OSHA regulates occupational exposure to blood or other potentially infectious materials in its Bloodborne Pathogen Standard.
Bloodborne Pathogens are pathogenic microorganisms that are present in human blood and can cause disease in humans. These pathogens include, but are not limited to, hepatitis B virus (HBV) and human immunodeficiency virus (HIV). Other Potentially Infectious Materials include (1) The following human body fluids: semen, vaginal secretions, cerebrospinal fluid, synovial fluid, pleural fluid, pericardial fluid, peritoneal fluid, amniotic fluid, saliva in dental procedures, any body fluid that is visibly contaminated with blood, and all body fluids in situations where it is difficult or impossible to differentiate between body fluids; (2) Any unfixed tissue or organ (other than intact skin) from a human (living or dead); and (3) HIV-containing cell or tissue cultures, organ cultures, and HIV- or HBV-containing culture medium or other solutions; and blood, organs, or other tissues from experimental animals infected with HIV or HBV.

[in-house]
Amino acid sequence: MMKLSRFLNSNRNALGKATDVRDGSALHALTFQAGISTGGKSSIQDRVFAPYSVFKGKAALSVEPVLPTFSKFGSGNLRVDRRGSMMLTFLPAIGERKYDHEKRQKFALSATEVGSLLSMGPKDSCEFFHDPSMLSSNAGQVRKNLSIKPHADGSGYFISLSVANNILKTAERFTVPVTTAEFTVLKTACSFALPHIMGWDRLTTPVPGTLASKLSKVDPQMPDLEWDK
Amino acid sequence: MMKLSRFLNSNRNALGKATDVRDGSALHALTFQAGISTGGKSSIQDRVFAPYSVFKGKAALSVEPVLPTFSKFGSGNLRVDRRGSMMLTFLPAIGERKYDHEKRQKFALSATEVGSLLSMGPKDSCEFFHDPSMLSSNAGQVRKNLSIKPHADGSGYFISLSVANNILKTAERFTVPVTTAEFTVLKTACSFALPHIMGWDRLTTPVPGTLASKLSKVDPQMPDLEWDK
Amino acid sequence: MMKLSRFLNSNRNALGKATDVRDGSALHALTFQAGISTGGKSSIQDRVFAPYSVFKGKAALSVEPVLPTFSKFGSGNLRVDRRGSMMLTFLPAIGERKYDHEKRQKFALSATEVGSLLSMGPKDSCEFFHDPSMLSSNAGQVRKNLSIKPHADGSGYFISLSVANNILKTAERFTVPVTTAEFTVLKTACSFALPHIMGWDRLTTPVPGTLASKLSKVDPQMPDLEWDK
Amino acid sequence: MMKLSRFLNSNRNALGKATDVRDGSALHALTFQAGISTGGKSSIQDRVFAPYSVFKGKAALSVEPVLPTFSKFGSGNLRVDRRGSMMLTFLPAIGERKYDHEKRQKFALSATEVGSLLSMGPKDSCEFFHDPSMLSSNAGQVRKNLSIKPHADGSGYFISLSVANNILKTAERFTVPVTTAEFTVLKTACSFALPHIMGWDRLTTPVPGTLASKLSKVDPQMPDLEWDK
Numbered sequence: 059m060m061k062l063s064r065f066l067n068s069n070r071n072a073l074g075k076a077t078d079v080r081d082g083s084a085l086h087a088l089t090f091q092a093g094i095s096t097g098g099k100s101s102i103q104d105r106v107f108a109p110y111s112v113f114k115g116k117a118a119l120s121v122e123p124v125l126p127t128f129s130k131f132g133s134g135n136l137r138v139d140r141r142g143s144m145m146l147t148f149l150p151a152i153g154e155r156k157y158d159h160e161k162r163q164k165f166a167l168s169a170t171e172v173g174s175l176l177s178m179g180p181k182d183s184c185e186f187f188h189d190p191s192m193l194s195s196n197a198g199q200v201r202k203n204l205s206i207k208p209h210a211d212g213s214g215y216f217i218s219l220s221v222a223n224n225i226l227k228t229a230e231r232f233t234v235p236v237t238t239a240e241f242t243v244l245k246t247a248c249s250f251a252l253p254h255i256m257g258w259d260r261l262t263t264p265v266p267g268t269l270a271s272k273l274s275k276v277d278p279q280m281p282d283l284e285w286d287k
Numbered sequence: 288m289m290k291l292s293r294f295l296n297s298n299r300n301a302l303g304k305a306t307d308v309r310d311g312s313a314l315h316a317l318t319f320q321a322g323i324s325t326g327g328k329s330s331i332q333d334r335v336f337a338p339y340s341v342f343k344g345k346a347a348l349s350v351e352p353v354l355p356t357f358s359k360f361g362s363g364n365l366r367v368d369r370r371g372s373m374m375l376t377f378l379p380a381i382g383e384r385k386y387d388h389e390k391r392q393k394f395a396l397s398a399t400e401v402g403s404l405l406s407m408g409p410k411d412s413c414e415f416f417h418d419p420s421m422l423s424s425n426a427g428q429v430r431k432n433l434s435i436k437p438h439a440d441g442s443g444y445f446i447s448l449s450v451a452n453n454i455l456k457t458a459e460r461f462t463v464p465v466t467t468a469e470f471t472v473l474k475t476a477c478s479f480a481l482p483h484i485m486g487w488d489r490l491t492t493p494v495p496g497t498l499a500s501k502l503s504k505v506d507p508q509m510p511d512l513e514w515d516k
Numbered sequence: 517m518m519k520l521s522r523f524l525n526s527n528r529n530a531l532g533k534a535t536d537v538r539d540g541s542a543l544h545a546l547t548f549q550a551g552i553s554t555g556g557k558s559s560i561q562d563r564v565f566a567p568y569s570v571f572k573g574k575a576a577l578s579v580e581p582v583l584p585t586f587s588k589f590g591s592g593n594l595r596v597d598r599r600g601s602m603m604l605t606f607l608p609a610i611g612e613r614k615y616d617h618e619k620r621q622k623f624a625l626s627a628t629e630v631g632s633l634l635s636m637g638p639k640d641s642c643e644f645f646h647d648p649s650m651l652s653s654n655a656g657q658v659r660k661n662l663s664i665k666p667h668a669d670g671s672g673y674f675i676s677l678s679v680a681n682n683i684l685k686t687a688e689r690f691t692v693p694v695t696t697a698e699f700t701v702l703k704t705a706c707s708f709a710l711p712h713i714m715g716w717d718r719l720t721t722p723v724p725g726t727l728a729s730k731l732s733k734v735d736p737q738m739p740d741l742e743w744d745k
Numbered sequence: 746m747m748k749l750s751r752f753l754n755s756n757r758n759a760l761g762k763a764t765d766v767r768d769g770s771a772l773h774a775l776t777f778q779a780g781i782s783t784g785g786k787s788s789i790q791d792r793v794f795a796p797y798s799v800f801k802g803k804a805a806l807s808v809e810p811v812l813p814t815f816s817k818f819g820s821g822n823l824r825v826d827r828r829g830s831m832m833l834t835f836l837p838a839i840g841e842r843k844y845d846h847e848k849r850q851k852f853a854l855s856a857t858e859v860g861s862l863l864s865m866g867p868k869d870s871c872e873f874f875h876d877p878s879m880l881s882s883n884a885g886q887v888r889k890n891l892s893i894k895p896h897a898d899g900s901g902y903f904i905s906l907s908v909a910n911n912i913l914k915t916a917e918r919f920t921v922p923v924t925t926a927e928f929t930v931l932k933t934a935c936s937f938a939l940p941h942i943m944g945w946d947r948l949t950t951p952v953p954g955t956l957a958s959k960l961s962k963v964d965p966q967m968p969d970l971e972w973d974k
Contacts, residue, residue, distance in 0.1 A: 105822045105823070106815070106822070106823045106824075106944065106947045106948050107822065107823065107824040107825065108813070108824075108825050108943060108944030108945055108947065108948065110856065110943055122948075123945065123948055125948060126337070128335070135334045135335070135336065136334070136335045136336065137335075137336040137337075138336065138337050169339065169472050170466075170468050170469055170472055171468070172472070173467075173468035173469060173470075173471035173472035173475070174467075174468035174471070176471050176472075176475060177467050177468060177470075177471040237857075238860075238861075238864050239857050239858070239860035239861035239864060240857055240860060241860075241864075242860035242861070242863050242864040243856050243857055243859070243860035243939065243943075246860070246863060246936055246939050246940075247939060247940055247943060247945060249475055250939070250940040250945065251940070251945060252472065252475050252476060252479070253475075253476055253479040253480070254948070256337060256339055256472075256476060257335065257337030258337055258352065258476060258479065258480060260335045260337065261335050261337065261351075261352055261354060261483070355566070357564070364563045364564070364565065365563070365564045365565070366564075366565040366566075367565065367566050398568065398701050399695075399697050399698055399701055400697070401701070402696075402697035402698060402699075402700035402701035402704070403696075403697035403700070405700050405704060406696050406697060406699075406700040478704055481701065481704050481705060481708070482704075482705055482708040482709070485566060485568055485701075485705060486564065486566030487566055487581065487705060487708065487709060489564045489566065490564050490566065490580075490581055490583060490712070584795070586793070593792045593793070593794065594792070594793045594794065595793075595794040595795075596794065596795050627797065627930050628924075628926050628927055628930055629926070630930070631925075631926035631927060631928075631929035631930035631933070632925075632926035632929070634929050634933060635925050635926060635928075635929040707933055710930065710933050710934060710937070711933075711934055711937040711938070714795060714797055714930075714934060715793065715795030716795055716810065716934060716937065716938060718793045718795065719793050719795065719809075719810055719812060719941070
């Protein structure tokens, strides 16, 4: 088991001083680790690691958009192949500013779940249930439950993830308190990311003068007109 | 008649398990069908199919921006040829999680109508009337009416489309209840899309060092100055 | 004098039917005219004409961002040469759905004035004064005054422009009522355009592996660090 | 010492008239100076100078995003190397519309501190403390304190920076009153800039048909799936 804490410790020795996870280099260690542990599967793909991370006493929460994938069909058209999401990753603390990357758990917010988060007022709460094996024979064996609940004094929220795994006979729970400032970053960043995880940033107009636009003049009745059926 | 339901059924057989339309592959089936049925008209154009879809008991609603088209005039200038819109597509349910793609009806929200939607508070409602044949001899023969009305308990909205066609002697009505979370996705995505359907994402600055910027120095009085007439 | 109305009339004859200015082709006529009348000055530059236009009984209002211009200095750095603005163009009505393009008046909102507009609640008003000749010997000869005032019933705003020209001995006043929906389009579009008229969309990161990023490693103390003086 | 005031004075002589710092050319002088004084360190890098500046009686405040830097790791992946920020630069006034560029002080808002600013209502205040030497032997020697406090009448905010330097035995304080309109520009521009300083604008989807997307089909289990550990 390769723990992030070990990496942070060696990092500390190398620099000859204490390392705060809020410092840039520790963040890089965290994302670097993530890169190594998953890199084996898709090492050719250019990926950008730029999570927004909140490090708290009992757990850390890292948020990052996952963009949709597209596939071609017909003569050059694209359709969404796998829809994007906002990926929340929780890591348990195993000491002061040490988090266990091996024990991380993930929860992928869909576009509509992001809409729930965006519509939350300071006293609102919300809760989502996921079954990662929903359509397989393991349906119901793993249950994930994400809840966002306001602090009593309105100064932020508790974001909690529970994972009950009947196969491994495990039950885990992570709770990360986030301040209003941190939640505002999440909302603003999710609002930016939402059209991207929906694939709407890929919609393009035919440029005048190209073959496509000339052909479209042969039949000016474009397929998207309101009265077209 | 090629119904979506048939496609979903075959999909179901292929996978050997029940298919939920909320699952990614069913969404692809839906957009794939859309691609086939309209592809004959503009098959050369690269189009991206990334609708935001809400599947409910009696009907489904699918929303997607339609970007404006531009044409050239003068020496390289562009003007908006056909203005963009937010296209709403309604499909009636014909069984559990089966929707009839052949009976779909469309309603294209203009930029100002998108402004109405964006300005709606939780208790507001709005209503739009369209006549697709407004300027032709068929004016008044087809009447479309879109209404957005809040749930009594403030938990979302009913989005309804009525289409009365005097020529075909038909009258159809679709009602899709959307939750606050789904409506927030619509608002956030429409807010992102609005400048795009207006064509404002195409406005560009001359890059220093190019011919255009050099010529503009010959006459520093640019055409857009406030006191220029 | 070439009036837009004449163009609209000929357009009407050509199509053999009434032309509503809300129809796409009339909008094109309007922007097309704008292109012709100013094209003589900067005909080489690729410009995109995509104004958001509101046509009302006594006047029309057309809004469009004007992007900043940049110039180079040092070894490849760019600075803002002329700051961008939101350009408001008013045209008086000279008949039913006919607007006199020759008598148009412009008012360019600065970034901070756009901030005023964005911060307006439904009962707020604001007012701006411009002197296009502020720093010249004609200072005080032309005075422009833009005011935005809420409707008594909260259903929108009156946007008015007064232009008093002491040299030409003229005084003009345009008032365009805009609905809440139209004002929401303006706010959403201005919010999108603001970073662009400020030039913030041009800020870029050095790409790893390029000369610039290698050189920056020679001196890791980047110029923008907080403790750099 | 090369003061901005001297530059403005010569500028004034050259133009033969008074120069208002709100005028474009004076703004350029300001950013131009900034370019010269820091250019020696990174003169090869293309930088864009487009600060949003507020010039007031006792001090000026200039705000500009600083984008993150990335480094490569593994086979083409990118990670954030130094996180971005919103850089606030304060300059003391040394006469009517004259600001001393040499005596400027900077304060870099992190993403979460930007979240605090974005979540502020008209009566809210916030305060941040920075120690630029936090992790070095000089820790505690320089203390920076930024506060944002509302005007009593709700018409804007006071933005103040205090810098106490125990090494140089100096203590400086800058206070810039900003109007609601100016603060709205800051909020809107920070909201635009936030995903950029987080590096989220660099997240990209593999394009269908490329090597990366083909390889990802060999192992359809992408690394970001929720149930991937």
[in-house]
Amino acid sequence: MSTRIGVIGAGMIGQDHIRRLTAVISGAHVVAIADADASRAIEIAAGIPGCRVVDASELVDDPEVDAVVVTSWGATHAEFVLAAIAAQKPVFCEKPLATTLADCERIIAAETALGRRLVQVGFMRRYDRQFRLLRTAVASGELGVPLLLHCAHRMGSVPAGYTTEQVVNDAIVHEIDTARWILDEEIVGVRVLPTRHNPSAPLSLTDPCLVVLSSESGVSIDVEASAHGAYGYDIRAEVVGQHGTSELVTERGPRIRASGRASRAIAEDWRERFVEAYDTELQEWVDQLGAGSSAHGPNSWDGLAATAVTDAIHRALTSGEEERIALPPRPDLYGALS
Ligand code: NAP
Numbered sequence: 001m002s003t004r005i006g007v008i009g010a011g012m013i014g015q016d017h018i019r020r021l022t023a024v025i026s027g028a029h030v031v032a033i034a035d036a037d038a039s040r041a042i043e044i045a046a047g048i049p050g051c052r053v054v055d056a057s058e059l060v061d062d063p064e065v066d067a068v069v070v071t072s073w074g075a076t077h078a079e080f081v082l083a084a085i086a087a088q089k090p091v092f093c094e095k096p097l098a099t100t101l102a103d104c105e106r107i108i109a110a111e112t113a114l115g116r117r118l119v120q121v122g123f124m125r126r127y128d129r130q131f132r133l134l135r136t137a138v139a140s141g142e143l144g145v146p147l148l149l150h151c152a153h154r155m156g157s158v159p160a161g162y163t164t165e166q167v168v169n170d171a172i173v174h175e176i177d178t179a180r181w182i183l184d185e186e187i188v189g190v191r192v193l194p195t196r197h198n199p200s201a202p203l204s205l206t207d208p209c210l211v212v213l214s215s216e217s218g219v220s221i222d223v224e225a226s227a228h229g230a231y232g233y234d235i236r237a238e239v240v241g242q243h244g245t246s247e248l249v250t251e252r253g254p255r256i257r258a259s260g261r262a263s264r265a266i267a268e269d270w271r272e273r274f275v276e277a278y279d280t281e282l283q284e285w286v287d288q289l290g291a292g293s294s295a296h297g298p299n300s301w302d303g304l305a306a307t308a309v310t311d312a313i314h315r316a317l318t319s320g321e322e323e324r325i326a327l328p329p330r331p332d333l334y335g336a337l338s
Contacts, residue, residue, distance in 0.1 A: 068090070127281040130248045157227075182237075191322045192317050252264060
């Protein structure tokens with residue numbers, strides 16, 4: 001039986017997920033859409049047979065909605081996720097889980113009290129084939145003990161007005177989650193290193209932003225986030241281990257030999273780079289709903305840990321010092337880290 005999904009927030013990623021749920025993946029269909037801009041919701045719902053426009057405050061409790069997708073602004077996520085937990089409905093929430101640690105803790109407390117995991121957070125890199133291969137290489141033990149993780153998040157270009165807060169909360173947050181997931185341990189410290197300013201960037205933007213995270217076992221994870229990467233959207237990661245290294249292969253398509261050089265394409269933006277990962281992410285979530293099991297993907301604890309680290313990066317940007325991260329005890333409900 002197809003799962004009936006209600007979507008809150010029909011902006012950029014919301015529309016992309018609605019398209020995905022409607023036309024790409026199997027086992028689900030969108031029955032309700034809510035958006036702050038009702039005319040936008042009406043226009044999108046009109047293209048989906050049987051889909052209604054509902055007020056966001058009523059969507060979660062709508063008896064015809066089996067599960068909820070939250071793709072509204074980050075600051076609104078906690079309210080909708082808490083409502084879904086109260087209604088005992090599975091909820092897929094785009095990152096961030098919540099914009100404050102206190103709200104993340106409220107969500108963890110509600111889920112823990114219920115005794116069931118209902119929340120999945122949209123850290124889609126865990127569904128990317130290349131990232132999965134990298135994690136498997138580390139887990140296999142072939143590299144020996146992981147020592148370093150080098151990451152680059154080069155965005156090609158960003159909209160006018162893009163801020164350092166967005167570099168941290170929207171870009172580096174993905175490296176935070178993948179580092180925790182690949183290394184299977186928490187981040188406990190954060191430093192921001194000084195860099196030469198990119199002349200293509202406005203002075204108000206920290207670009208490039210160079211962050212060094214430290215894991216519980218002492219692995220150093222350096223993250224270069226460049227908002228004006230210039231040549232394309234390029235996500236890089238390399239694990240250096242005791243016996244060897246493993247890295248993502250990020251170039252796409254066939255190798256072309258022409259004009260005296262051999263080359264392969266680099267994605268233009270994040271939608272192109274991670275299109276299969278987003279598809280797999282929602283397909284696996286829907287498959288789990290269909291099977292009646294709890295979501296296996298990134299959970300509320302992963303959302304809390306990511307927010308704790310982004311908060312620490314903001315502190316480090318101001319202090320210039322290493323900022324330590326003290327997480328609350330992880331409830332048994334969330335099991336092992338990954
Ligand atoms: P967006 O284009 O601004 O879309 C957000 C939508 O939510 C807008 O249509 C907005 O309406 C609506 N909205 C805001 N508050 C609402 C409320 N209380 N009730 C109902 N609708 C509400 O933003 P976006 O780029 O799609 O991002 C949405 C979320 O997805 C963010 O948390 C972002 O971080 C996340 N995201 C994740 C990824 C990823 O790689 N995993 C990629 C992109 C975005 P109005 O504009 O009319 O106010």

All individuals working with blood, bloodborne pathogens or OPIM must adhere to the following requirements: